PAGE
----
• Petroleum (Bojonegoro)
  • Salt (Madura Island)
  • Kaolinite (Blitar)
  • Sulfur


East Java planned to build 4 seaports by 2013: in Lamongan, Gresik, Probolinggo and Banyuwangi.[7]


East Java hosts some of the famous universities in Indonesia, both owned by government and private. Three major cities for universities, because they have government's universities, are Surabaya, Malang, and Jember. Among them, Airlangga University and Institut Teknologi Sepuluh Nopember are the most famous, and both are located in Surabaya. See: List of universities in East Java

Another important form of education that is available in most cities in East Java is the pesantren. This kind of education is built and organized by Islamic clerics, and associated with local or national Muslim organizations. Jombang is a famous city for its pesantren.


East Java supports several regional media outlets. Local newspapers with provincial news reach their readers earlier than their competitors from Jakarta. In the spirit of "providing more news from around readers", most newspapers even issue municipal sections which are different among their distribution areas.

  • Jawa Pos Group, one of the major newspaper groups in Indonesia, is based in Surabaya.
  • Surya, is a newspaper based in Surabaya. Surya is now controlled by Kompas, one of the major newspaper groups in Indonesia

National parks

File:Wild Deers near Bama Point, Baluran.jpg
Deer in Baluran National Park
  • Meru Betiri National Park - Between Jember and Banyuwangi districts, this park covers Script error: No such module "convert".. Hard to get to, it contains fantastic coastal rainforest and scenery and is home to abundant wildlife.
  • Alas Purwo National Park - This Script error: No such module "convert". park is formed by the Blambangan Peninsula (south eastern Java). Comprising mangrove, savanna, lowland monsoon forests and excellent beaches, the park's name means First Forest in Javanese. Javanese legend says that the earth first emerged from the ocean here.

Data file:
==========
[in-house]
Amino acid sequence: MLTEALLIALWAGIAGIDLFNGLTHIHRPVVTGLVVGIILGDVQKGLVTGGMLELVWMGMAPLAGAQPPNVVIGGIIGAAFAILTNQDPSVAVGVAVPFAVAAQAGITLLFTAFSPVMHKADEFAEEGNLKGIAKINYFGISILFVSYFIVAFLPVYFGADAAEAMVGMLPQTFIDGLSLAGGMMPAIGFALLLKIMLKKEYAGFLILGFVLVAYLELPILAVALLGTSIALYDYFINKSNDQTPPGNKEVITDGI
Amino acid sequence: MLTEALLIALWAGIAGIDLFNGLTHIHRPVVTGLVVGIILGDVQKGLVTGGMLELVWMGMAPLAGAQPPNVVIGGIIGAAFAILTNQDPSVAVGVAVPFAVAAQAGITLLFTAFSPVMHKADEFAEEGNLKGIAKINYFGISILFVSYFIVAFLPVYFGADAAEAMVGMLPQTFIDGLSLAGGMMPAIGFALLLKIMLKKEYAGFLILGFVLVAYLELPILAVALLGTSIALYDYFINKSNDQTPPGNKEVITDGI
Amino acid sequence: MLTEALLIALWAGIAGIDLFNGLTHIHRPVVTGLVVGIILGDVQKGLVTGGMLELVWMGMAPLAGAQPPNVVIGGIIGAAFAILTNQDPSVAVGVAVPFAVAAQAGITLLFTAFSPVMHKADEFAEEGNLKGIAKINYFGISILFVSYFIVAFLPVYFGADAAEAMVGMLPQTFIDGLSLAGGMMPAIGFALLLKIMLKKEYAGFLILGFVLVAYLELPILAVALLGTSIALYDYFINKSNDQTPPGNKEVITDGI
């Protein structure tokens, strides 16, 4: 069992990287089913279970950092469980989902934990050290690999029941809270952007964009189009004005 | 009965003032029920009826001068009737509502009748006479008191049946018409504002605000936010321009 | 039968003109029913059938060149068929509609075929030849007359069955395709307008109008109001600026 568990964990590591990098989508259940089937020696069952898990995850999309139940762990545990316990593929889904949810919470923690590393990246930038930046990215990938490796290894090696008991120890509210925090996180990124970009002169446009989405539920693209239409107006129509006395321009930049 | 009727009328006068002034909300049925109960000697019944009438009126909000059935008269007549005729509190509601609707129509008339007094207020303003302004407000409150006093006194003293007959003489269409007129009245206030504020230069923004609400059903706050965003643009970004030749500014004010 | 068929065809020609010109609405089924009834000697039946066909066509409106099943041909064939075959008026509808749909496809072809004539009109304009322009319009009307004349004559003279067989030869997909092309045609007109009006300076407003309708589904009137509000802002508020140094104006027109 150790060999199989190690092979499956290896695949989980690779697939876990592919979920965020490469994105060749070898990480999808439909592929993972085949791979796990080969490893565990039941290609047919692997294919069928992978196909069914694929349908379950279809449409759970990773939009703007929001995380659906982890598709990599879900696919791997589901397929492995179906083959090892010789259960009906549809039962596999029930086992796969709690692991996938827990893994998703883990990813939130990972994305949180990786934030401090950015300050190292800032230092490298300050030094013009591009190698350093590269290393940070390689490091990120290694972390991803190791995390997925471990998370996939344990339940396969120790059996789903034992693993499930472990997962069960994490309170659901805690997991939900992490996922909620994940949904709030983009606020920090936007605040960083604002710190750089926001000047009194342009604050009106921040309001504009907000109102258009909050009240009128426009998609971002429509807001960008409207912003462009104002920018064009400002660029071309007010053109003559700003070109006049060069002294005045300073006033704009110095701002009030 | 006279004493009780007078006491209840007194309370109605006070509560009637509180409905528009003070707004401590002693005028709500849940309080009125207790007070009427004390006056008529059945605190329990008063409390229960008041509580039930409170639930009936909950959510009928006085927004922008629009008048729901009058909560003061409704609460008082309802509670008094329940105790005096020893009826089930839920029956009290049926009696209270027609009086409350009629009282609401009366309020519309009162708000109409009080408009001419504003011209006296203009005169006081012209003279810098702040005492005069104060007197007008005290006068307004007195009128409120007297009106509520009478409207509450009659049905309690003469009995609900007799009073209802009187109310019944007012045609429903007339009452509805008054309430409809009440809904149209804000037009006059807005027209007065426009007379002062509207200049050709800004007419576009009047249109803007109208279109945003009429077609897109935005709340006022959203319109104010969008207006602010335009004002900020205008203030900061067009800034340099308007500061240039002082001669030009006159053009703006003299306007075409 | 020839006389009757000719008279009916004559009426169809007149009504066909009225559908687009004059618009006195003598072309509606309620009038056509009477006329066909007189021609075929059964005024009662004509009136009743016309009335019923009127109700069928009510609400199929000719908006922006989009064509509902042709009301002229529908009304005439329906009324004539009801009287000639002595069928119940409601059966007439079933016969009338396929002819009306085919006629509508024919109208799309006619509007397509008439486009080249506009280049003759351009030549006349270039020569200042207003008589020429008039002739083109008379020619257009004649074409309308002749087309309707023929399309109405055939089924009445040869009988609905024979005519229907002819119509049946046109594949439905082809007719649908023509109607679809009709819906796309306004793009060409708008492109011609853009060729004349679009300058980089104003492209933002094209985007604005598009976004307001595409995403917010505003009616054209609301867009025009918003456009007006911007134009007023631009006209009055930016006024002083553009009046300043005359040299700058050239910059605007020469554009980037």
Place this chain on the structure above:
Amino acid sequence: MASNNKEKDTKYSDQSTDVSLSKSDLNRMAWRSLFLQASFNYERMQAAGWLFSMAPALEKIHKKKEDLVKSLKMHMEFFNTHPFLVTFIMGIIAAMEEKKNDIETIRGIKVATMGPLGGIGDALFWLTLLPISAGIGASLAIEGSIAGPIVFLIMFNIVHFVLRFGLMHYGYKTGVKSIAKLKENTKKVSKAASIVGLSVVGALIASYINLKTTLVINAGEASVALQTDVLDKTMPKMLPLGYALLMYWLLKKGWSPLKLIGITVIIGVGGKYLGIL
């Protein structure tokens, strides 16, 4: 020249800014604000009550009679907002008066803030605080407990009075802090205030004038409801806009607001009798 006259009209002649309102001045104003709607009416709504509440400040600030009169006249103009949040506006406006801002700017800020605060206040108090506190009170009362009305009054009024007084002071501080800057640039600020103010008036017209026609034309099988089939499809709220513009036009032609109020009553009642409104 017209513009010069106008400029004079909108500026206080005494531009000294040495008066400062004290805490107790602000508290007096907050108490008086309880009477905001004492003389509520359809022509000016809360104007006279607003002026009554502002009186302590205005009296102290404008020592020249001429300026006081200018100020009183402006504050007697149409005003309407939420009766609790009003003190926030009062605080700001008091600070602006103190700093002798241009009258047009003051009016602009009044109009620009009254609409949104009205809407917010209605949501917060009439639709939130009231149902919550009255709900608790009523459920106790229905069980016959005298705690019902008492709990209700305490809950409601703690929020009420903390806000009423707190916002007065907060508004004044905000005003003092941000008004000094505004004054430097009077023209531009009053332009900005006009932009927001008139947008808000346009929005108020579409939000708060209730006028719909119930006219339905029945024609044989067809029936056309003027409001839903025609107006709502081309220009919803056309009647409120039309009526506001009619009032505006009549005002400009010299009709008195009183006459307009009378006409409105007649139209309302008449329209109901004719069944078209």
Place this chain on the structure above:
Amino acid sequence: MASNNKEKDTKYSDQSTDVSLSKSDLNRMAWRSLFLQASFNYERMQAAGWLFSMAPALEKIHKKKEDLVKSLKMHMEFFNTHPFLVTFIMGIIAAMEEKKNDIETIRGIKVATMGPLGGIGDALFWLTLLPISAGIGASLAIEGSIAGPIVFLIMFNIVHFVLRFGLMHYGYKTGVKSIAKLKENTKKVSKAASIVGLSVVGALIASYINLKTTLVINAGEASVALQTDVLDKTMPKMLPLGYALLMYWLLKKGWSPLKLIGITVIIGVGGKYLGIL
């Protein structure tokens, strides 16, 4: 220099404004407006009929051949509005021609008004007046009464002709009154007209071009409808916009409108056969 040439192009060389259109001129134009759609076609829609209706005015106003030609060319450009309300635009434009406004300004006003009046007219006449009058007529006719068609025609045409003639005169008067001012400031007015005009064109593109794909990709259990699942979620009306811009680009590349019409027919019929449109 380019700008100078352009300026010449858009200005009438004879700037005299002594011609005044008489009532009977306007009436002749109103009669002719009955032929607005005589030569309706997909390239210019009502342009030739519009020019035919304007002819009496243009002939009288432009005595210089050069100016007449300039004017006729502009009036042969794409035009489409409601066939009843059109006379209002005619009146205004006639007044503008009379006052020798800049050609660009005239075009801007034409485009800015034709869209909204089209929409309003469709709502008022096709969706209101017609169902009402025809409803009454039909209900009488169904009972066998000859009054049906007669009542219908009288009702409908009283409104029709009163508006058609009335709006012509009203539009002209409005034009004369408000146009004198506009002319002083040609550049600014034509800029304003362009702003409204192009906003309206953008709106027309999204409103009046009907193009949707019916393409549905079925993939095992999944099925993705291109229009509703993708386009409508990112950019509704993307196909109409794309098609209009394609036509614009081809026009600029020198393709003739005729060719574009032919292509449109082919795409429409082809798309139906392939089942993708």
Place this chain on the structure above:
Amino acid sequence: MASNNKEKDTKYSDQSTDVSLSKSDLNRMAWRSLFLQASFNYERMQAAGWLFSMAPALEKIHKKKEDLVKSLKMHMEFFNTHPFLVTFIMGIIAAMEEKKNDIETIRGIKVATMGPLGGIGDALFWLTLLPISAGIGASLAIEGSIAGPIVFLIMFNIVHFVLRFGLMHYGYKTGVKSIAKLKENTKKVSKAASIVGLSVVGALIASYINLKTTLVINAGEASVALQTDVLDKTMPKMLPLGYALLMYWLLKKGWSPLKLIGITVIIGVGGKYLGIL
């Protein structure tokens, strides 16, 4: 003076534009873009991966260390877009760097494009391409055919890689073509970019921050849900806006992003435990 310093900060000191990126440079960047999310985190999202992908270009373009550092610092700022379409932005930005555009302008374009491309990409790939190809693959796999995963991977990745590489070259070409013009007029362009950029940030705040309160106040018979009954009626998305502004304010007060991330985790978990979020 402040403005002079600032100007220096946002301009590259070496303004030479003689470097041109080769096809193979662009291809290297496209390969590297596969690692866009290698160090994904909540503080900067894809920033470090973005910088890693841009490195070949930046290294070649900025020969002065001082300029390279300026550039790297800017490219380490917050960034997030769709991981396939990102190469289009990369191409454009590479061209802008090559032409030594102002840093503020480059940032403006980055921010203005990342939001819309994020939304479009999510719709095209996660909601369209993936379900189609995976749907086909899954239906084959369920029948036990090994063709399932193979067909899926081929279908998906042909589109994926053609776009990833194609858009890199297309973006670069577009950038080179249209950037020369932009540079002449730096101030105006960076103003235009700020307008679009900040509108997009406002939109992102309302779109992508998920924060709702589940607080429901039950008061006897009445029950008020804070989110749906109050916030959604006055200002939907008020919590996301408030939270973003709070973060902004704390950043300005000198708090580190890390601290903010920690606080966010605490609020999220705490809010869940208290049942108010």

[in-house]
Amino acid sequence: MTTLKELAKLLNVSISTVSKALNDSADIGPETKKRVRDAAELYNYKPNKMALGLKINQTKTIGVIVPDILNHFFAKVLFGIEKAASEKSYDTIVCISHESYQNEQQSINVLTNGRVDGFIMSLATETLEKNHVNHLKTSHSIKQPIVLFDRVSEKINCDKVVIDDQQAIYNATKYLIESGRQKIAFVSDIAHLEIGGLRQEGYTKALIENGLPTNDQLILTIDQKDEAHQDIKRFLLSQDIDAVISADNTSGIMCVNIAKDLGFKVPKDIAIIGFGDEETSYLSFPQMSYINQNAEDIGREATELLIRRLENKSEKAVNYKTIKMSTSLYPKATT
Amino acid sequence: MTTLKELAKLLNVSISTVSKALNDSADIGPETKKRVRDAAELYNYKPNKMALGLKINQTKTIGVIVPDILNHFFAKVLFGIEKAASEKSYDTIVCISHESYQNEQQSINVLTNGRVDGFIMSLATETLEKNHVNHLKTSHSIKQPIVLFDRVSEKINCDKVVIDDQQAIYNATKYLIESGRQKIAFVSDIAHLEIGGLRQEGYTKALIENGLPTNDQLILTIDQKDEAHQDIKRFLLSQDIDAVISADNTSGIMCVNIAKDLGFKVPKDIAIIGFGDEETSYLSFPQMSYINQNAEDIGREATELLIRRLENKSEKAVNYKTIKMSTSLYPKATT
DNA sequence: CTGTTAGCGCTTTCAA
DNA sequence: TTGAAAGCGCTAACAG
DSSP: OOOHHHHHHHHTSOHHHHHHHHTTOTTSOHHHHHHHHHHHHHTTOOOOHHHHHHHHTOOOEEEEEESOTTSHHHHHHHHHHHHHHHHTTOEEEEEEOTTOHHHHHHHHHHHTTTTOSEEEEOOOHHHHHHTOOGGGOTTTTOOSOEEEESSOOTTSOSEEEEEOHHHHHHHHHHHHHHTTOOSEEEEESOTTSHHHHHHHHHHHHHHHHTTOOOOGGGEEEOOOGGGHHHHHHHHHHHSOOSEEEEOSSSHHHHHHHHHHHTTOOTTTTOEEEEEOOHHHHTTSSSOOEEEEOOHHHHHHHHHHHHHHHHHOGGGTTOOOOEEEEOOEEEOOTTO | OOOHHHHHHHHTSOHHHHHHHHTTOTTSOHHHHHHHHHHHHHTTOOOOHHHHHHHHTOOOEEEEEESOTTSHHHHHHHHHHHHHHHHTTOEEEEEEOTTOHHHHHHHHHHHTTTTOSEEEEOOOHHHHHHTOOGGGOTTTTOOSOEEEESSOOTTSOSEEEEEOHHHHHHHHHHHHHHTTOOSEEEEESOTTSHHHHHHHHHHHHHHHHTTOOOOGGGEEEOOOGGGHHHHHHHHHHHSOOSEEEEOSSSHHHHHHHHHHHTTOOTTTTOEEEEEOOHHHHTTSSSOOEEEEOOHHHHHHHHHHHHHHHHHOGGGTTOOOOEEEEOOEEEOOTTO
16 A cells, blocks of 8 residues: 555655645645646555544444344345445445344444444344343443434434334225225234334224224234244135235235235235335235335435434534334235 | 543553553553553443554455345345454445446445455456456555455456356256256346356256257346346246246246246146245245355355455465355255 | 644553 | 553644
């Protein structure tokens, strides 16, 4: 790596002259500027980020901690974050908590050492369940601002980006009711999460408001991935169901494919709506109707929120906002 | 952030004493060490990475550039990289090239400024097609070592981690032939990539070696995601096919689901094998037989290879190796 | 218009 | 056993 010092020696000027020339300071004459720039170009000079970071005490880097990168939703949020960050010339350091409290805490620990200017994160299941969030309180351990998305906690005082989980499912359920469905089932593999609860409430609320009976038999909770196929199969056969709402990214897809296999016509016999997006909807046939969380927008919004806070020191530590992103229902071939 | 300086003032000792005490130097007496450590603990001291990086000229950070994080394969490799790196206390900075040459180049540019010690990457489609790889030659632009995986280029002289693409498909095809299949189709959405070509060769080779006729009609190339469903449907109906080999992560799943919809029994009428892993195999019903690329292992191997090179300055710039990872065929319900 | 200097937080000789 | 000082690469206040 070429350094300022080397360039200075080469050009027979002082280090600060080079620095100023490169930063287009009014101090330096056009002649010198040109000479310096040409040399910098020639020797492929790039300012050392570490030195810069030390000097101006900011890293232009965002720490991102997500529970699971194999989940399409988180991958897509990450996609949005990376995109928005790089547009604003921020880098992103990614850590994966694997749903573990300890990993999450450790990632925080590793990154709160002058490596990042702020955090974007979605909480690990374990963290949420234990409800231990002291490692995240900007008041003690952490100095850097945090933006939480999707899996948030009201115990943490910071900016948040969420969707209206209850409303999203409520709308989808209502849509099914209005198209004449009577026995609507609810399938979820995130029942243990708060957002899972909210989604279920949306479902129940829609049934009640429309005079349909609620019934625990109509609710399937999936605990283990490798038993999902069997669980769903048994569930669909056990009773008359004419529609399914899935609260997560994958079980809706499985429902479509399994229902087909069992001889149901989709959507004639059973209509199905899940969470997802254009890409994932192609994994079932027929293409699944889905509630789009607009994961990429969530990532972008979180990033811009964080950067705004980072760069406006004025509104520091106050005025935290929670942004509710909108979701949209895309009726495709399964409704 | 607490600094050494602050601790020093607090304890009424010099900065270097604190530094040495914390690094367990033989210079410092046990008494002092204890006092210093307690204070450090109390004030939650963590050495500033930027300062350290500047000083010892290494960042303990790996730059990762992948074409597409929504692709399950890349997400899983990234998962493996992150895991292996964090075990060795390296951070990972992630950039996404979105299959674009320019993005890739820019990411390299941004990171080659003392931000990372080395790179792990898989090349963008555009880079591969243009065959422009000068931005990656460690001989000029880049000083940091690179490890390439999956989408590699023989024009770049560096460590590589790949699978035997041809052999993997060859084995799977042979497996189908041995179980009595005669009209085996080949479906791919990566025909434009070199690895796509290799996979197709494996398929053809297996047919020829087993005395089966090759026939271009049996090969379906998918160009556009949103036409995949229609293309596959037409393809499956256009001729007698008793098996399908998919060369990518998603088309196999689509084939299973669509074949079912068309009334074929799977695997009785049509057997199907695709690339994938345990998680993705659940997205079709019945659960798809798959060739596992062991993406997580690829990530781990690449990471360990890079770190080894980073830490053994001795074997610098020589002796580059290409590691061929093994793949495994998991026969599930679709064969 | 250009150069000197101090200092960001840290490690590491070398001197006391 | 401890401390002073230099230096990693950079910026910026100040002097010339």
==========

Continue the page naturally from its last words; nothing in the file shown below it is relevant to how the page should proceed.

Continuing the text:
• Baluran National Park - This Script error: No such module "convert". national park is located in north east Java, once known as Indonesia's little piece of Africa, the parks formerly extensive savanna has been largely replaced by Acacia.
  • Bromo Tengger Semeru National Park - Located in East Java at the region of Probolinggo and Pasuruan, Script error: No such module "convert". from Surabaya the capital city of East Java province. Mount Bromo is one of the great hiking and trekking destinations for overseas tourists. The scenic view of Bromo also attracts hundreds of photo enthusiasts to see the views there.

Local economic governance

Based on the survey conducted between August 2010 and January 2011, East Java included 11 of the top 20 cities and regencies of the Local economic governance which measures nine parameters: [8]

  • infrastructure
  • private enterprises development program
  • access to land
  • interaction between local administrations and businesses
  • business licensing
  • local taxes and fees
  • security and business conflict resolution
  • capacity and integrity of regional heads
  • quality of local regulations

The top 5 were:


East Java cuisine tends to be sweeter than that of Central and West Java.
Rujak Cingur, traditional dish from East Java.


  1. ^ a b Estimasi Penduduk Menurut Umur Tunggal Dan Jenis Kelamin 2014 Kementerian Kesehatan
  2. ^ Indonesia's Population: Ethnicity and Religion in a Changing Political Landscape. Institute of Southeast Asian Studies. 2003. 
  3. ^ Keagamaan 2009
  4. ^ Piwulang Basa Jawa Pepak, S.B. Pramono, hal 148, 2013
  5. ^ Biro Pusat Statistik, Jakarta, 2011.
  6. ^ [1][dead link]
  7. ^ "East Java vows to top Jakarta, build four ports by 2013". The Jakarta Post. 2011-06-01. Retrieved 2013-12-10. 
  8. ^ "Blitar leads economic governance survey". The Jakarta Post. 2011-06-08. Retrieved 2013-12-10. 

External links